21.10.08

recipe: old fashioned apple butter

Apples are in abundance this season and apple butter is an easy recipe that takes little preparation, even less hands-on time, and lots of apples.

This recipe is from a vintage cookbook that had no given measurements, so you know the recipe is tried and true. Most of it is eyeballed and according to your own taste. So every time you make it, it'll be your best batch.



apple butter
making it the old fashioned way.

ingredients:

Fresh, unclarified apple juice (you know, the unpasteurized kind that's not great for little kids to drink; don't worry, we'll boil it down.)
a few pounds of yummy locally picked apples (depending on how much you're making)
cinnamon
nutmeg
cloves
allspice
cardamom
a little vanilla
any other spices you fancy, adore, and love

The best apples to use are: Jonathan, Winesap, Stayman, Golden Delicious, Maclntosh, or another tasty variety, just pick your favorite. :)


directions:

In a large stock pot bring the cider to a boil. Let it boil on medium heat until it's about half the amount you started with. This will assure that any bacteria (the reason little kids can't drink it raw) is killed.

Next; pare (that means peel), core and quarter your apples, then slice them up into thinner slices into a large crock pot.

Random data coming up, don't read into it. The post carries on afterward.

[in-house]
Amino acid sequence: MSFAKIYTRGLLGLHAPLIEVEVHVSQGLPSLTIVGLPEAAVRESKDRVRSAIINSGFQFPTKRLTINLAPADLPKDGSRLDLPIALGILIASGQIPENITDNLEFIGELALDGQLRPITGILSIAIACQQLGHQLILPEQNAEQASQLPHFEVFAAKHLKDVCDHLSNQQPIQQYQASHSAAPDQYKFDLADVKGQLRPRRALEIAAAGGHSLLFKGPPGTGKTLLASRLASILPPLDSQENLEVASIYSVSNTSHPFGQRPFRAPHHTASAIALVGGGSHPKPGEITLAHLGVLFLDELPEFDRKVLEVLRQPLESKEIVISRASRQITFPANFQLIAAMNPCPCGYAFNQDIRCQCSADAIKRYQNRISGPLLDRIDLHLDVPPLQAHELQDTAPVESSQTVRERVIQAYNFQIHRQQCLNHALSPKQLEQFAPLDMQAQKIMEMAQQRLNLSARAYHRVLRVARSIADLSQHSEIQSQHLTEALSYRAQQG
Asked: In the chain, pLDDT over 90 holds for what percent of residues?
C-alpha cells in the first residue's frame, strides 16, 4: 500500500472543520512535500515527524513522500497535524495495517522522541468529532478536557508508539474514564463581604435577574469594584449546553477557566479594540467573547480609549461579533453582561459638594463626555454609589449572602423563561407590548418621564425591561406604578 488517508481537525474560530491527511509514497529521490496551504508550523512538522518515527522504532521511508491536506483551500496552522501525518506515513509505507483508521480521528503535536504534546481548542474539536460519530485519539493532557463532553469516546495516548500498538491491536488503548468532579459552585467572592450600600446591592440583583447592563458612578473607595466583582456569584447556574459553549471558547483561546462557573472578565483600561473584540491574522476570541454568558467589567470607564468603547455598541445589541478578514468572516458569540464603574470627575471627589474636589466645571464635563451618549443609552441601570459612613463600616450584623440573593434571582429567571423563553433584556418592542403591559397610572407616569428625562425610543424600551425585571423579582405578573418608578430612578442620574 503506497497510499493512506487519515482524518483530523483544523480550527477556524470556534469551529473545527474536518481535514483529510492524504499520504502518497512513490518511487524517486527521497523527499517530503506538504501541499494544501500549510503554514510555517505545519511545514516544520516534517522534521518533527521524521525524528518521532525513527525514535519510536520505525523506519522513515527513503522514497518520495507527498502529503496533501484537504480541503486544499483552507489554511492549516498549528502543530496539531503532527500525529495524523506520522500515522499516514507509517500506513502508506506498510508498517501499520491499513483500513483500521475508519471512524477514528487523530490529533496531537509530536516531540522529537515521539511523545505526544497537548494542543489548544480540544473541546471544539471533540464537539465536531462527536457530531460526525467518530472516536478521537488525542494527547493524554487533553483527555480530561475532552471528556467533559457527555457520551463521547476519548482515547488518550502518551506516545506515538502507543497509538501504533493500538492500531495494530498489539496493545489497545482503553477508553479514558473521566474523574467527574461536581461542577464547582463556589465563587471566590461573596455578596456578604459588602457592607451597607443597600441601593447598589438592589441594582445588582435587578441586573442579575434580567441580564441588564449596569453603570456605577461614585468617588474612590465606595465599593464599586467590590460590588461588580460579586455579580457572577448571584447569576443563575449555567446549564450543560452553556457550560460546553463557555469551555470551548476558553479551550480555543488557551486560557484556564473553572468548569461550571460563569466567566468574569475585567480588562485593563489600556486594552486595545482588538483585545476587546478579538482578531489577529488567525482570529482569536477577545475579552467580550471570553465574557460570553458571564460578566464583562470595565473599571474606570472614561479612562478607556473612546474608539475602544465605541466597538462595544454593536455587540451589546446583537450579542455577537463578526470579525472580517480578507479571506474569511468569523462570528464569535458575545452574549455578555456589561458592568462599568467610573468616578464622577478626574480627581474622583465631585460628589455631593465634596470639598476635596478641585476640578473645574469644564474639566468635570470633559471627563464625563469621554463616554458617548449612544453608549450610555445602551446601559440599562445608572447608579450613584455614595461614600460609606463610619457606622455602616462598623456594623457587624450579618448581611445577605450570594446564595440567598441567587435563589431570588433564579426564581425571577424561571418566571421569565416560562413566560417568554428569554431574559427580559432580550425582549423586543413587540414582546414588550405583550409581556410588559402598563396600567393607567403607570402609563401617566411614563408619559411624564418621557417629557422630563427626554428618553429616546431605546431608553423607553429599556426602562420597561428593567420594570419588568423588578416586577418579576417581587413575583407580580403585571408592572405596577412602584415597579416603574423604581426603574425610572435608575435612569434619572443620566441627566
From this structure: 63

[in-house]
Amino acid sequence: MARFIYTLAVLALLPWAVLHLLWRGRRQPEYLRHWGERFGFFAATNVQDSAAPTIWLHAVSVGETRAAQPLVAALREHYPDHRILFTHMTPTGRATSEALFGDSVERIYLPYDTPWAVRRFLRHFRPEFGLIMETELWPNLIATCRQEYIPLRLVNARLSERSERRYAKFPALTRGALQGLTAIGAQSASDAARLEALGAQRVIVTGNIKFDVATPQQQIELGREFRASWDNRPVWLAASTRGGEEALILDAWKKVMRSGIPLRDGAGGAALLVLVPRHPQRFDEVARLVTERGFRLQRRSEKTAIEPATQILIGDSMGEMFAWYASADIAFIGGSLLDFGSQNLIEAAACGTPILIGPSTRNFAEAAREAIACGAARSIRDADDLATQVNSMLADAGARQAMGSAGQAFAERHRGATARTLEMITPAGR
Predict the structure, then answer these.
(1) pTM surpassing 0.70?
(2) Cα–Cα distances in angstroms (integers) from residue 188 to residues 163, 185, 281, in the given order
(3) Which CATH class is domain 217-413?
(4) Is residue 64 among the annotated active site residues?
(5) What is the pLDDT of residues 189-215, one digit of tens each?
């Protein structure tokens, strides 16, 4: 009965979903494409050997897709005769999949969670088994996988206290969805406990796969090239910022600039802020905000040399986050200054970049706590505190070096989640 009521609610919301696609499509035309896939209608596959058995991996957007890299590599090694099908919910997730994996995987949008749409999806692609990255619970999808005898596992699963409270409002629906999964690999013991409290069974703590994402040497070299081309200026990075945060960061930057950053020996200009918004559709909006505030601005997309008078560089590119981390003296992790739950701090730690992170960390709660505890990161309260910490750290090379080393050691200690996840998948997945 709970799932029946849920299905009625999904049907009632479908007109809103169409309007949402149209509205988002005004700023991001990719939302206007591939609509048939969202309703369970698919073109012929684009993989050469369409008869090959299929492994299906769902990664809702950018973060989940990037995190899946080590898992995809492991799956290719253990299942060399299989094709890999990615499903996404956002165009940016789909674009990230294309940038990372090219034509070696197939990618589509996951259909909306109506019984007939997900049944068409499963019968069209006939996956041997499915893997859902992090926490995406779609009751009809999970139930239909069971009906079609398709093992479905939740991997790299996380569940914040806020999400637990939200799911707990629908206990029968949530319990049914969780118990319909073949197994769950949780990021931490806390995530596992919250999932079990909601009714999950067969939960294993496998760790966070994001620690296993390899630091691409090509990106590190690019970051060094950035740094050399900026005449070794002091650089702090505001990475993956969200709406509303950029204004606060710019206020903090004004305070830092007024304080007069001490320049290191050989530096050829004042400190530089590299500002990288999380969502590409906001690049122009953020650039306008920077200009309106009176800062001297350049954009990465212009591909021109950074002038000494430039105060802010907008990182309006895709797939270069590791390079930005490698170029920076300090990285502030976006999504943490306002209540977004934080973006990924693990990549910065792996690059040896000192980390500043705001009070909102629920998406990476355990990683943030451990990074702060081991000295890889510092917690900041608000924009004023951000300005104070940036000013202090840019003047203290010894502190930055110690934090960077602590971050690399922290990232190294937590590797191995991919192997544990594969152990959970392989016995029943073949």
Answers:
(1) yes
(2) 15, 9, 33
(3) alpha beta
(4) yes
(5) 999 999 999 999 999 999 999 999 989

After the juice is reduced, add it to the apples until they are just covered, reserving whatever juice may be left. You don't have to get rid of the sludgy looking stuff unless you prefer to.

Let the apples and juice sit, ruminate, boil and cook in the crock pot on high until it begins to boil. Reduce the heat to low and let it cook for 8-10 hours. After about 8 hours, check it every so often (half hour) to assure it's not burning. Or just start it in the evening and let it cook on low while you sleep. When you awake it'll likely be finished.

Take a fork and break up the apple pieces if they aren't already broken down as it cooks. When the butter gets to the consistency that you like, press the apples through a colander, food mill, strainer, or puree in a blender.

The consistency should be where if you spoon it there is no liquid separating from it and it stays "mounded", like butter. If it is too thick to your liking, add in more apple juice that's been boiled. Don't add in fresh apple juice, the bacteria hasn't been murdered yet, meaning it's not safe to can.

Now this is the fun part, add whatever and how ever much spices you like according to taste. "Goutez, goutez, goutez!" Try adding a little molasses, or if you want it sweeter, add honey. Although I doubt you'll need to. Go with your taste buds.

Pour the butter straight into quart jars if you want to store them in the fridge or process it to keep on the shelf for a year or two. You process the jars the same as you would do for any other type of jam, preserve, etc. For more info on canning, see here. If you do plan on canning the butter to store (at room temperature), make sure you leave a little bit of head room for the butter in the jars.

Enjoy it on toast, in a peanut butter sandwich or in a smoothie. I love it in my oatmeal. Use your imagination, follow your tummy.



Enjoy!
Jj

2 comments:

Whitney said...

And...instructions on the cute labels?

jen said...

thank you whitney.

I traced a larger circle on printed paper, then a smaller one on white card stock, wrote what was in the jars, glued them together, then tacky glued them to the jar.

The tacky glue sticks just enough so I can peel the labels off easily if I want to use the jar again. It doesn't leave any type of film like other stickers and labels do.

hope you try them :)